26-Year-Old Miami Filmmaker Hits the Big Time

26-Year-Old Miami Filmmaker Hits the Big Time

26-year-old Miami wunderkind Lee Cipolla called The Juice from Los Angeles, where he recently sold two of his independently made films to Grindstone Entertainment, with DVD distribution by Lionsgate Home Entertainment. One of the films, Know thy Enemy, has been a hit in Blockbusters and Best Buys from coast to coast since its release in May; the other, Harder they Fall, hits stores today. The lovely and talented Cipolla was game for a little Q&A.

What were you like in high school in Miami?
I went to Krop, the magnet school for performing arts in Aventura. I went there in the inaugural year, 1999 - 2000, and was in the first class that graduated from there. I started out in theatre and wrote a one-act play based on an experience I had with my best friend, hanging out one day. He's black and there was some sort of robbery a couple blocks down. The cops arrested him -- it was complete racial profiling; he was taken into jail for the night. I was really affected by the experience and writing the play was the first time I could express my frustration through writing. Andrea Kidd was my theatre teacher - she had the play produced, and it won a bunch of awards -- that compelled me to want to do more and write more. Senior year I wrote couple plays and it turned out the film department wanted to produce them as short films. Long story short, I stepped in as the director at the last second. [From making that,] I got a small scholarship from the National Foundation for the Arts and from there went on to UCF.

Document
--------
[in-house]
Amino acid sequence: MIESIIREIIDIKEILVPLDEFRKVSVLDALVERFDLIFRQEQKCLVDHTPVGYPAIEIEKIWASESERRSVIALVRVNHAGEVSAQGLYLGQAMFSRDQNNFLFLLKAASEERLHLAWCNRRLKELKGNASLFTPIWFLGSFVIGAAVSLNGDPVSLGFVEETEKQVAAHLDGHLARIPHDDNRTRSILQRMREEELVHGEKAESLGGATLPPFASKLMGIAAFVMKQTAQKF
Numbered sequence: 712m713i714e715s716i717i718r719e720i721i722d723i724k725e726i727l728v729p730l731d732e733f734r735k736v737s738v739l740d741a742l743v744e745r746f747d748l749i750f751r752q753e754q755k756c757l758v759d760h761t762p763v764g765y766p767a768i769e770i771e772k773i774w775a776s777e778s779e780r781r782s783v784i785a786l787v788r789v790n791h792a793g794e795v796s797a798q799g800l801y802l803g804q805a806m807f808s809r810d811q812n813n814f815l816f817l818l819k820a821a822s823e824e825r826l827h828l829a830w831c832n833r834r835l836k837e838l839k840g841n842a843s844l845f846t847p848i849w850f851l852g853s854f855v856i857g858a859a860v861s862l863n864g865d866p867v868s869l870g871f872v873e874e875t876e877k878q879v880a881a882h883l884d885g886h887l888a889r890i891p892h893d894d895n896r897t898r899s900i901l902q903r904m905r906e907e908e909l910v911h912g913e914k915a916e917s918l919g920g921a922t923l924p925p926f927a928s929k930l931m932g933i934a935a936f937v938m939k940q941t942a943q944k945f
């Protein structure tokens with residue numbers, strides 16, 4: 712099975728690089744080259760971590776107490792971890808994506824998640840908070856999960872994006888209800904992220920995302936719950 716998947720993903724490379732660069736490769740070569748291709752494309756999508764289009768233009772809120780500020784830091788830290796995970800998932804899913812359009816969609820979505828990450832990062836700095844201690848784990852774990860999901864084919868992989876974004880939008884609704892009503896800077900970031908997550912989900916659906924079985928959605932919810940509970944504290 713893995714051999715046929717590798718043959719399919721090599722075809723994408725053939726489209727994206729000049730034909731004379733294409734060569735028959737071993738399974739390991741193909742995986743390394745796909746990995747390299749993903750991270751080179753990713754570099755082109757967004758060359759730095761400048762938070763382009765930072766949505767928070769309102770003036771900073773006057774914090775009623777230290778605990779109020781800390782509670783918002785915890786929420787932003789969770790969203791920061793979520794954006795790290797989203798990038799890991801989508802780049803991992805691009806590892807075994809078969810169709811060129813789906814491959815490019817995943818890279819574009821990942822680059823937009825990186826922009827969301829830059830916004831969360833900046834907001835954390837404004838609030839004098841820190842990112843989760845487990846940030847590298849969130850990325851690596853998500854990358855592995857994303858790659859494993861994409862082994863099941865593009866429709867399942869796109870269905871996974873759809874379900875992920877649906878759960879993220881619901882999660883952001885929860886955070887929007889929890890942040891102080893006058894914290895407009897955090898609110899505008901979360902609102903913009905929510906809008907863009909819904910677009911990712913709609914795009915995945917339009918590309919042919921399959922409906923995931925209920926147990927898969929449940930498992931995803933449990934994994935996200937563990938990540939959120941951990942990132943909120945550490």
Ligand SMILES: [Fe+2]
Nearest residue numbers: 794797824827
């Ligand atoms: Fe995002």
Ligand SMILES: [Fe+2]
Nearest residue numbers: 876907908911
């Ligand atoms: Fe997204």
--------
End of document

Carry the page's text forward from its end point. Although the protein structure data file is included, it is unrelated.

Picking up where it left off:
Tell me about the movie you made.